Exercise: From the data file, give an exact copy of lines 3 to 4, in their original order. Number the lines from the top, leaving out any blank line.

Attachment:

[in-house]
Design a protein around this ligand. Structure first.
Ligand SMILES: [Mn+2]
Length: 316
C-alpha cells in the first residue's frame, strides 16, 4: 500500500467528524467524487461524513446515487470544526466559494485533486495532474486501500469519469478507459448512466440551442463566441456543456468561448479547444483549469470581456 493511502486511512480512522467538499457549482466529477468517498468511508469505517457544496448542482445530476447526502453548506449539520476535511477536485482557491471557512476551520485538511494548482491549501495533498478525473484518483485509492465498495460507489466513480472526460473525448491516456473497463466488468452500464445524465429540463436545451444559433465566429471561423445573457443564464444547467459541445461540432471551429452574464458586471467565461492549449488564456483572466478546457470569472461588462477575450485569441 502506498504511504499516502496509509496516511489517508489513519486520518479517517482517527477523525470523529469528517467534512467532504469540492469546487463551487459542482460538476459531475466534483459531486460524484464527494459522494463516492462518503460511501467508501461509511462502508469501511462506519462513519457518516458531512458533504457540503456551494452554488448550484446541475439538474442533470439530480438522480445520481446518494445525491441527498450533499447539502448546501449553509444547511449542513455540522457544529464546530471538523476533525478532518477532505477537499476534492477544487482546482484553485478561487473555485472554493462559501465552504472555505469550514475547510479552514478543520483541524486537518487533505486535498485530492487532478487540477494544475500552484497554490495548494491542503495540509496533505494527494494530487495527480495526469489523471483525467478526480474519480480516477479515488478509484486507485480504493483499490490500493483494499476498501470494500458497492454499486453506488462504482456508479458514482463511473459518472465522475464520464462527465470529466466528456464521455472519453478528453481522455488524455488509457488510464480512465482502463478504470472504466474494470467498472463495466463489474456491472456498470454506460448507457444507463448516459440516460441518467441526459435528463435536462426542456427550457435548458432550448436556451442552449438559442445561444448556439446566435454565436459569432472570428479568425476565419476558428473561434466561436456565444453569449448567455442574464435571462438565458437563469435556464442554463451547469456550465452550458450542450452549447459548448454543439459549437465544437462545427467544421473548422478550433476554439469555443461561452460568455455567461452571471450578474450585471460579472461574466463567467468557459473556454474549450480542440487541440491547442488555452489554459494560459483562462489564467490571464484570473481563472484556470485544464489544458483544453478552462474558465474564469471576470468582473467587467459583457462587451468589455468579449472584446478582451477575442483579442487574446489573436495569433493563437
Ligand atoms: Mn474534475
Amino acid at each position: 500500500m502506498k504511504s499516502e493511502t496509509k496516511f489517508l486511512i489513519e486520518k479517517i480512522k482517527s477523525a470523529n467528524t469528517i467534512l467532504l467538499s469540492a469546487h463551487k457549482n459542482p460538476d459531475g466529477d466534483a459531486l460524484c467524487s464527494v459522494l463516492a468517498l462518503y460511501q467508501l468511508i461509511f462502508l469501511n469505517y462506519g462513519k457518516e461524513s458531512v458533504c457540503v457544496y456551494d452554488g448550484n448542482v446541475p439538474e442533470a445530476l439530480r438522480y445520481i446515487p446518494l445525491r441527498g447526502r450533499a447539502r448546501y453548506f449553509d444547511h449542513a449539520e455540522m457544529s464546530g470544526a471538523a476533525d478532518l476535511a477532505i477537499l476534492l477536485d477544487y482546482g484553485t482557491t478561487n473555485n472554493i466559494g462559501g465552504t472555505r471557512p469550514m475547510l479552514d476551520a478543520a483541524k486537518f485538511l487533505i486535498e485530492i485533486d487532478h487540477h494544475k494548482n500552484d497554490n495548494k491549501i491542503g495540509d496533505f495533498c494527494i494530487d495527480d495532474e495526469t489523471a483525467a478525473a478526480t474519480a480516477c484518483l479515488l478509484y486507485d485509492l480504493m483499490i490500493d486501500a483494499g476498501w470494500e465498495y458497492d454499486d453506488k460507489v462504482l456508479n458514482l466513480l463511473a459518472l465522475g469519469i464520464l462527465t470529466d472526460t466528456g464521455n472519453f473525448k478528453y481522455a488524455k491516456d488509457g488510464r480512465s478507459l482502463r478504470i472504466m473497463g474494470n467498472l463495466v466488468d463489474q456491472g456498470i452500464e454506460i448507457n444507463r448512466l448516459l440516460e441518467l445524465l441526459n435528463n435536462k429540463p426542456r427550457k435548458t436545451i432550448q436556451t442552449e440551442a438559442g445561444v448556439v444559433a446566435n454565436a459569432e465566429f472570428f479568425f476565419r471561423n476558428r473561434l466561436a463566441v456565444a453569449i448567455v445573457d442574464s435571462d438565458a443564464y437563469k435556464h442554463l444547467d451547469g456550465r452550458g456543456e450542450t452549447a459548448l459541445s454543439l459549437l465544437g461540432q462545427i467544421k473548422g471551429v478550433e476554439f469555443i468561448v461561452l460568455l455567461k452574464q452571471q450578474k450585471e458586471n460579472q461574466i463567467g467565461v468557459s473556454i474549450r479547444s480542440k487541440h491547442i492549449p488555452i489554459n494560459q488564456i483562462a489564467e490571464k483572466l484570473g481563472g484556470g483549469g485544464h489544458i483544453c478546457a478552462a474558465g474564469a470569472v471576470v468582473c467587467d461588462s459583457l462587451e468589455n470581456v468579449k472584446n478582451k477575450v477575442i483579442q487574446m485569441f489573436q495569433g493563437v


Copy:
Ligand SMILES: [Mn+2]
Length: 316